I mentioned earlier that one of the elements to a character sheet is class. Class refers to the archetypes the players’ wishes to play. The main classes are bard, cleric, druid, fighter, monk, paladin, rangers, rogues, sorcerer, and wizard. I call them main classes because they come from the core book; The Player’s Handbook. The bard class is a multi-purpose class. They tend to be intelligent and dexterous. They also have access to limited magic including the ability to heal other players. Clerics tend to be the main healers of the classes. They have access to divine magic which, usually, gives them healing magic. Clerics can also focus on “buffing spells” which are spells that add to other character’s abilities such as strength or dexterity. The Druid class also has access to divine magic but they tend to focus on the natural world rather than the supernatural. Fighters are the soldiers of the game. The monk class also focuses on fighting but has special abilities with hand-to-hand combat (think Bruce Lee). Paladins fight for a specific deity or idea; consequently, they also have access to divine magic. Rangers protect Nature and provide guidance through natural areas. Rogues are extremely dexterous and have access to the more skills than the other classes. They also have the ability to open locks. Sorcerers and wizards have access to arcane magic. However, they don’t have many physical abilities. As a result, most wizards and sorcerers focus on distance combat. Wizards learn magic through books, route and study. Sorcerers are born with innate magical abilities. The above information gives you a general idea of all of the classes and how they function in a group.
Players also need to specify their character’s race. Race determines the character’s strengths and weaknesses. It can also determine who the character will relate to the best. For example, dwarves and giants have a long-standing hatred. Consequently, a dwarf probably would not get along with a giant unless there were additional reasons. Elves and dwarves generally don’t have the best of relationships, but they can put aside their differences to work on a common problem. Consequently, race can have a large effect on game play.
Another aspect of a character that can have a large impact on game is their various saves. Characters base their “saves” on their class and abilities. Abilities represent the major aspects of a character as divided into strength, dexterity, constitution, intelligence, wisdom, and charisma. I mentioned earlier players roll four d6’s to determine the character’s abilities. Each class also gains a base save for the individual Saves. Now, different editions had different saves. The edition I am most informed on is the 3.5 edition which has your Reflex (Dexterity), Fortitude (Constitution) and Will (Wisdom) save. If a player does something clumsy, even outside of game, he may state: “oops, I failed my reflex save.” He’s referring to the game mechanic above.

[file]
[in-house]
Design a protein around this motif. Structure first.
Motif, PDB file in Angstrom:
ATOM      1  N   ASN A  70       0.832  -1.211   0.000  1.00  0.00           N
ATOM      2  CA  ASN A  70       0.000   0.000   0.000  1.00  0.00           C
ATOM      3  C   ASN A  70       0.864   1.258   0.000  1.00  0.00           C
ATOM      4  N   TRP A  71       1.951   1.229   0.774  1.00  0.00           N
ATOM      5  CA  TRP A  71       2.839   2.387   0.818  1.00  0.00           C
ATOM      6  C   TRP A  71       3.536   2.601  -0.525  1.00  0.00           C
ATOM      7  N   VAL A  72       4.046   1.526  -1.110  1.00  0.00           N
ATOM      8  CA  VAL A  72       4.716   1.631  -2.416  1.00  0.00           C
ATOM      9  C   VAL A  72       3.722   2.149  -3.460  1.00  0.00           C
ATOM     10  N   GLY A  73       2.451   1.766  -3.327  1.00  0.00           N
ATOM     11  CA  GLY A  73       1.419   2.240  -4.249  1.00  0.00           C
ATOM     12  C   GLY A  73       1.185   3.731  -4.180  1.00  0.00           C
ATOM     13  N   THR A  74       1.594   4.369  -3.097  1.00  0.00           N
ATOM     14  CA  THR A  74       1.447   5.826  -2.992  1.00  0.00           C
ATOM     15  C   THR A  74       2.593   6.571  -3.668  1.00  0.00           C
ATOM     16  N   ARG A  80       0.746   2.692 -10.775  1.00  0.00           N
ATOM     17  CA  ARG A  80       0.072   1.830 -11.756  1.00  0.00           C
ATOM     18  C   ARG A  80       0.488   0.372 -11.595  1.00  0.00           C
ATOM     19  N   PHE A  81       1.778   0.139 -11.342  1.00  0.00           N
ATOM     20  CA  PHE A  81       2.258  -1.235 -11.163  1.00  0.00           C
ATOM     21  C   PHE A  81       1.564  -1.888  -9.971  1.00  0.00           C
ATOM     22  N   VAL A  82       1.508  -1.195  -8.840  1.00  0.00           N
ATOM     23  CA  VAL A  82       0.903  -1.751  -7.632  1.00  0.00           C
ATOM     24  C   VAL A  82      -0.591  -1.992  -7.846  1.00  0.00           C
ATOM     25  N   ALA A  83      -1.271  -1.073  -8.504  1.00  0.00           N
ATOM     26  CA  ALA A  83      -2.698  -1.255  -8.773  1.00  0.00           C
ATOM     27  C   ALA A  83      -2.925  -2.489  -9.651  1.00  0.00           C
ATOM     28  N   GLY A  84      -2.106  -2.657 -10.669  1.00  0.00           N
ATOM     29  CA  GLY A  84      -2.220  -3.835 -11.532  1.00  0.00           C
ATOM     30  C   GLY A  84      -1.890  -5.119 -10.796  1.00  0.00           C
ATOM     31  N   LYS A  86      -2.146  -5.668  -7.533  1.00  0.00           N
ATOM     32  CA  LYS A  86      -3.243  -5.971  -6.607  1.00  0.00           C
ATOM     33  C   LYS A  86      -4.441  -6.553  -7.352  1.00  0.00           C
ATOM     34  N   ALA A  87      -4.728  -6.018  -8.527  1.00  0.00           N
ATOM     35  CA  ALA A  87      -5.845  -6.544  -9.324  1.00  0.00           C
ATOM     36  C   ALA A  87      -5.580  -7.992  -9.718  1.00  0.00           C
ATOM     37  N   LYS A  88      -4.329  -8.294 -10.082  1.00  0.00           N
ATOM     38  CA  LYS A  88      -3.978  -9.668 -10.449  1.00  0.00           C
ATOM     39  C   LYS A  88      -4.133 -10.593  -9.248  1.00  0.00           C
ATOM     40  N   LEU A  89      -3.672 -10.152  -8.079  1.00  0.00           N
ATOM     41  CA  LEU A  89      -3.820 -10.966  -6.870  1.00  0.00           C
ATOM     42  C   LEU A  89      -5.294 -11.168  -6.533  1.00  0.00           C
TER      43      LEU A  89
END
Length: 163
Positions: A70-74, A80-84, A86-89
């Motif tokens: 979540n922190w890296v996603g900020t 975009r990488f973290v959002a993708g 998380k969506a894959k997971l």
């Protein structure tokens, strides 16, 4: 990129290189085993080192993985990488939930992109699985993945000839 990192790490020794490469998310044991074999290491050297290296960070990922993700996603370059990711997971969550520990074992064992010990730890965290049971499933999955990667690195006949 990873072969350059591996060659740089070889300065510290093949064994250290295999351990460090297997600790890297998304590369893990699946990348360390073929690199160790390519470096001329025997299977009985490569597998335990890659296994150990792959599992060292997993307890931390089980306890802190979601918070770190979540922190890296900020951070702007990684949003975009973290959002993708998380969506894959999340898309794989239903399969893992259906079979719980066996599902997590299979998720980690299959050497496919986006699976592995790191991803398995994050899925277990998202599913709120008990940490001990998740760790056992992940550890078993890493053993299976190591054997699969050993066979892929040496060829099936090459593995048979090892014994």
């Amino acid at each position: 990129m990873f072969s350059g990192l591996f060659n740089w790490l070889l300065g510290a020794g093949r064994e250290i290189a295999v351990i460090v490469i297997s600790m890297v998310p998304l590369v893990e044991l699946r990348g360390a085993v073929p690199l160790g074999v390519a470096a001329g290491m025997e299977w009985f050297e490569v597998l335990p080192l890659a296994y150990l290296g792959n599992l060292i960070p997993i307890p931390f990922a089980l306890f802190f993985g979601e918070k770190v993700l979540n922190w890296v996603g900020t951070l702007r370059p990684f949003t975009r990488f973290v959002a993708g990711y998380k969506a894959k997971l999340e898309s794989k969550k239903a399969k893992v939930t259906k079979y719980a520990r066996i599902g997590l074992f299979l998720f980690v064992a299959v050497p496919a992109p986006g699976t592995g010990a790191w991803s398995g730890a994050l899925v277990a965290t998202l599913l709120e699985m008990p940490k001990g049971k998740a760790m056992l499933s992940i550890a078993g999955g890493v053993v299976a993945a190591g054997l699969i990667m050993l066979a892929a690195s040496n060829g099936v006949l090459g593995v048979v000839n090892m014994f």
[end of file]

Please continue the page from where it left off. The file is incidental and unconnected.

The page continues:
Another term that you will hear is “Base Attack Bonus” also known as “BAB”. Any weapon that a character may use has an inherent attack bonus based on his class. The player can then add his strength to gain his attack bonus. His total attack (attack bonus + D20) must be more than his opponent’s “AC” or “Armour class”. Armour class is determined by the character’s dexterity, size and any armour that he or she may have purchased. If the attacking player does roll high enough to beat his opponents AC, then he rolls his damage. The opposing character loses that amount in hit points. Hit points are essentially the amount health the creature has before he dies.
The last term that I would like to explain is “Dungeon Master.” A Dungeon Master is the story teller who guides the players through the adventure. Players ask the Dungeon Master questions about the environment, distance and descriptions of the monster they are facing. Dungeon Masters also play the monster characters, as well as any environmental (called NPC, non-player characters) such as an inn keeper or town guard.
I have taken some photos of the various types of dice for your reference. I hope this will help you the next time your friend or relation is detailing his latest adventure. Try to enjoy the story; most times they are very entertaining. If you have any other terms you would like explained, please leave a comment and I will try to find out the information for you.